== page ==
Why are children so resilient
How resilient are children with congenital heart defects? - For the first time, doctors can realistically assess the physical performance of children in particular
Every year around 6,000 babies are born in Germany with a congenital heart defect. The great medical advances in recent decades have helped most of them very well: Today - through operations, interventions and drug therapies - almost 90 percent of children reach adulthood. There are currently an estimated 300,000 children, adolescents and adults with a congenital heart defect in Germany. It is not uncommon for small and large patients with a congenital heart defect to have problems with their resilience at school, at work, in family life and in their free time. So many questions arise, for example about suitable sports behavior or career choice. "Up to now, the child cardiologists and cardiologists in charge have usually not had an exact answer to these questions," says Dr. Karl-Otto Dubowy from the Competence Network for Congenital Heart Defects. “Because in order to realistically assess and classify the resilience, comparative values from healthy children, adolescents, adults and seniors as well as from patients with congenital heart defects of all age groups are necessary. We haven't had these reference values so far. "
From small to large - reference values that grow with you
It is different now. With the support of the Federal Ministry of Education and Research (BMBF), Dr. Dubowy conducted a study on objective resilience. "For this purpose, we collected standard values for physical endurance from more than 2,000 healthy test subjects over a period of five years in Bad Oeynhausen," said Dr. Dubowy. The resilience of healthy subjects was examined on a bicycle and treadmill, and the walking distance achieved in six minutes on a flat surface was measured. At the same time, patients with congenital heart defects were systematically followed up in more than 20 heart centers and clinics.
"It is important that we collected reference values that grew with the patient because we examined patients from all age groups - from elementary school to senior citizens." Because physical resilience changes significantly in the course of life and increases particularly at a young age due to growth strong too. "This is why it has so far hardly been possible to find out, especially with children and adolescents, what influence, for example, an operation, an intervention or drug therapy has on performance," says Dr. Dubowy. With the help of the now available comprehensive inventory of objective physical performance depending on age, gender and the type of congenital heart defect, it is now possible to differentiate the actual effect of a therapy from physiological growth and to draw conclusions about the therapeutic measures.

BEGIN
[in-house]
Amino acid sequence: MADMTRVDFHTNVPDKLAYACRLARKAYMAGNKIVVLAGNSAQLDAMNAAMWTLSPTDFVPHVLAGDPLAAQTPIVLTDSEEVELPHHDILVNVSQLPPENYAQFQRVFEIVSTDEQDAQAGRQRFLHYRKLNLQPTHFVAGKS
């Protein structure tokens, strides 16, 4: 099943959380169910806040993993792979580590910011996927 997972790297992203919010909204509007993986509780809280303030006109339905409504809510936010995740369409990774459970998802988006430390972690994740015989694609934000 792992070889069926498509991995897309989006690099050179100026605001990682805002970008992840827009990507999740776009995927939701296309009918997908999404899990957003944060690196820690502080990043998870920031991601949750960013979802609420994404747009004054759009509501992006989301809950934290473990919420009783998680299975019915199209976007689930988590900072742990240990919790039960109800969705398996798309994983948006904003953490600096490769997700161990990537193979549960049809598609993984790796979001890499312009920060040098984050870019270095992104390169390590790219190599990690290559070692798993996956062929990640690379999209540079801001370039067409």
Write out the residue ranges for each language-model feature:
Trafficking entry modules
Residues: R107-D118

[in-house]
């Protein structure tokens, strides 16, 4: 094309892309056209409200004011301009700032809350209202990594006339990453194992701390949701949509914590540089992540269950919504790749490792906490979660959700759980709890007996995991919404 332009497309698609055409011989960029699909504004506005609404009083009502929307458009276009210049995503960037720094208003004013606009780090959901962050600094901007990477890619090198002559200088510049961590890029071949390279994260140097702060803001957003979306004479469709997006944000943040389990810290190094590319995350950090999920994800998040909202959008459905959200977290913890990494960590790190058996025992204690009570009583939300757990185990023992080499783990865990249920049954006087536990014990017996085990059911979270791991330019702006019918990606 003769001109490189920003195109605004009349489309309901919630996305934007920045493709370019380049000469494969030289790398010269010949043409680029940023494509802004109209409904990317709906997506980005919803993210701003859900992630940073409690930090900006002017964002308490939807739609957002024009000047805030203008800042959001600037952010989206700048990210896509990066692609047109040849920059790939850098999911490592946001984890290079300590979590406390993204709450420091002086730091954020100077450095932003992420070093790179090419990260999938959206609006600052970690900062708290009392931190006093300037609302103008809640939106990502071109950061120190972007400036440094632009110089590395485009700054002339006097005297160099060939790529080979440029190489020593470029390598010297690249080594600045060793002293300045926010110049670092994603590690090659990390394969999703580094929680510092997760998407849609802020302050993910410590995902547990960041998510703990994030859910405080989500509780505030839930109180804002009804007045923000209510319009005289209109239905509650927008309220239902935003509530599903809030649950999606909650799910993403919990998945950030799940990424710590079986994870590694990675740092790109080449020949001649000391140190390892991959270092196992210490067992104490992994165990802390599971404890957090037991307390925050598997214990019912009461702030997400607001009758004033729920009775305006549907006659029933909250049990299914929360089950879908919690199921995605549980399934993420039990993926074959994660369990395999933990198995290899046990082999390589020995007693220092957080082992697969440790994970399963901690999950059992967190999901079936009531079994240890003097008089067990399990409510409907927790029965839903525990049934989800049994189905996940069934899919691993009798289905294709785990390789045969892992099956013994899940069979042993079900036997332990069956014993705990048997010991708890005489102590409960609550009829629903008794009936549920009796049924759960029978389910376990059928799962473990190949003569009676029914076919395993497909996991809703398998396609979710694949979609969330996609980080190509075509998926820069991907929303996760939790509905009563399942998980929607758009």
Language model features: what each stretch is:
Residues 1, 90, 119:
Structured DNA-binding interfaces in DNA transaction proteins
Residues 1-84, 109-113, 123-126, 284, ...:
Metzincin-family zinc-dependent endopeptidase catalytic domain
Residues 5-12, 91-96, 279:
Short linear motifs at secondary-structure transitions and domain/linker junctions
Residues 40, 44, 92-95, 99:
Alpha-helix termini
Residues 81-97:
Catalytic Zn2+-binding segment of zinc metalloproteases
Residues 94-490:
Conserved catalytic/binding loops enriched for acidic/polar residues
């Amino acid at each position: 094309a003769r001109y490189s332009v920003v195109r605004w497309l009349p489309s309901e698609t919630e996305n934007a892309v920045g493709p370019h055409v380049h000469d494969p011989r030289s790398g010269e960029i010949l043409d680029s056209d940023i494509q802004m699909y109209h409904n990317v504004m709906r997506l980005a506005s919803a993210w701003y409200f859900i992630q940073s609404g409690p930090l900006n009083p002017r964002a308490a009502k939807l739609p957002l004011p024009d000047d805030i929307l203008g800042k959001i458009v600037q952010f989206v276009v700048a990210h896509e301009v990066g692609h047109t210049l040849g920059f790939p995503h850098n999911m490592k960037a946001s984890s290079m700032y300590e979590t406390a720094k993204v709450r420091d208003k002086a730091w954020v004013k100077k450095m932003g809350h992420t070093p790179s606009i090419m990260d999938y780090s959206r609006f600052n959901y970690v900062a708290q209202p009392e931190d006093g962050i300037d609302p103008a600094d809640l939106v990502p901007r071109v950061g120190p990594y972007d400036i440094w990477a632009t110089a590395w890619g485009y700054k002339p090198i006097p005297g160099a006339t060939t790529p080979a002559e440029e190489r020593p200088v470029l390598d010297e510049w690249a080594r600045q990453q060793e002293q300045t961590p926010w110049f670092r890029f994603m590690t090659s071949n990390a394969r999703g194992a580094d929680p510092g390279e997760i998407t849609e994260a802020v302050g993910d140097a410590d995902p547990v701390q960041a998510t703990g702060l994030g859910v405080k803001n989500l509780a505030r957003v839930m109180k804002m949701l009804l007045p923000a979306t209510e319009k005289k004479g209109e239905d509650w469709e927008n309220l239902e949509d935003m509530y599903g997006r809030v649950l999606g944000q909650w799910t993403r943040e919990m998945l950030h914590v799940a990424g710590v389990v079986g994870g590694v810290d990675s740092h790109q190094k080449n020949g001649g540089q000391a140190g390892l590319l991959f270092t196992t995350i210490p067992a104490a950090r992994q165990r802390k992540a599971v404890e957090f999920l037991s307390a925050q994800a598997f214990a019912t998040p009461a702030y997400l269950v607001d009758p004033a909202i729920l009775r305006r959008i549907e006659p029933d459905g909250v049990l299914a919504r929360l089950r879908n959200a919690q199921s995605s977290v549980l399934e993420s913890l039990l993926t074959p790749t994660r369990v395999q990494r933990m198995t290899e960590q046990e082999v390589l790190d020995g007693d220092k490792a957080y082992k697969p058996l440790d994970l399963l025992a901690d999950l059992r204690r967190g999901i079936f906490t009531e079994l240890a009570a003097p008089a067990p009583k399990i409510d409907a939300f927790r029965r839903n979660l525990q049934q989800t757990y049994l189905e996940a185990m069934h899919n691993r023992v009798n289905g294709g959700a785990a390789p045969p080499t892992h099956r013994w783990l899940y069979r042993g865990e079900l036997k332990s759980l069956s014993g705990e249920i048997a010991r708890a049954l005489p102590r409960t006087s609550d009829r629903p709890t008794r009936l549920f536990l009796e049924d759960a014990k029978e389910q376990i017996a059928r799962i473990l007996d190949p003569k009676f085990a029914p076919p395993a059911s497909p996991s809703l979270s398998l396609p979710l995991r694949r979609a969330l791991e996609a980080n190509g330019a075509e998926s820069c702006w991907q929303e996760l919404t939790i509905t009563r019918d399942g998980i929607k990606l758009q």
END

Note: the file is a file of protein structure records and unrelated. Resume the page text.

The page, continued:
May 5th is the "Day of the Child with Heart Disease"
To determine the individual resilience of patients with congenital heart defects, the treating physicians will in future be able to use a web tool called “Online Evaluation of Objective Resilience” on the Internet at www.kompetenznetz-ahf.de. "The values of a patient can be related to normal values and the individual resilience can be determined", explains Dr. Dubowy.
Competence Network for Congenital Heart DefectsThe Federal Ministry of Education and Research (BMBF) has been funding the Competence Network for Congenital Heart Defects since the end of 2002. Doctors and scientists from clinics, research institutions and rehabilitation clinics who care for patients with congenital heart defects work together in the competence network. All established pediatric cardiologists, some cardiologists as well as parent associations and self-help groups are also involved. In the competence network, for example, the long-term effects after operations are researched, new diagnostic and treatment methods are developed, and studies on the therapy and prevention of dysfunctions of the right ventricle are organized. The publisher Friede Springer, Axel Springer's widow, is the patron of the competence network.
Dr. Karl-Otto Dubowy
University Clinic of the Ruhr University Bochum
Heart and Diabetes Center NRW
Clinic for Congenital Heart Defects
32549 Bad Oeynhausen
Tel .: 05731 97-3605
Fax: 05731 97-2131
Email: [email protected]
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